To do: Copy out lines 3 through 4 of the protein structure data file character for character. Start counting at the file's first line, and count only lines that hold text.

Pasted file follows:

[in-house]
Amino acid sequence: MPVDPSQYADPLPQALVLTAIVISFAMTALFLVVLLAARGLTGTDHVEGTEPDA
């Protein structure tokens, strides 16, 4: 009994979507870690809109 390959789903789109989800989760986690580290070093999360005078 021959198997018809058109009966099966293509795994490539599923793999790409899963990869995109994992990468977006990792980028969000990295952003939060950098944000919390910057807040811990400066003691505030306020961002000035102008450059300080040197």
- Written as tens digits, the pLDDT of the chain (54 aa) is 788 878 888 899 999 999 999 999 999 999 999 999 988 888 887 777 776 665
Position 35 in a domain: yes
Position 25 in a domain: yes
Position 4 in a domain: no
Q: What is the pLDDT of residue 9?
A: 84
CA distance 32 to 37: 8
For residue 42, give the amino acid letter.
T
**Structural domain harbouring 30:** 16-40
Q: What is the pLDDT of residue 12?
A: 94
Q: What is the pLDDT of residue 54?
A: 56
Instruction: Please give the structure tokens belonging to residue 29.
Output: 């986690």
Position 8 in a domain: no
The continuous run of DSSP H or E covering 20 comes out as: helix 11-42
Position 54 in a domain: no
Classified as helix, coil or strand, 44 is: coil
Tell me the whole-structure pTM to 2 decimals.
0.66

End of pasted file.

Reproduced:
């Protein structure tokens, strides 16, 4: 009994979507870690809109 390959789903789109989800989760986690580290070093999360005078 021959198997018809058109009966099966293509795994490539599923793999790409899963990869995109994992990468977006990792980028969000990295952003939060950098944000919390910057807040811990400066003691505030306020961002000035102008450059300080040197």
- Written as tens digits, the pLDDT of the chain (54 aa) is 788 878 888 899 999 999 999 999 999 999 999 999 988 888 887 777 776 665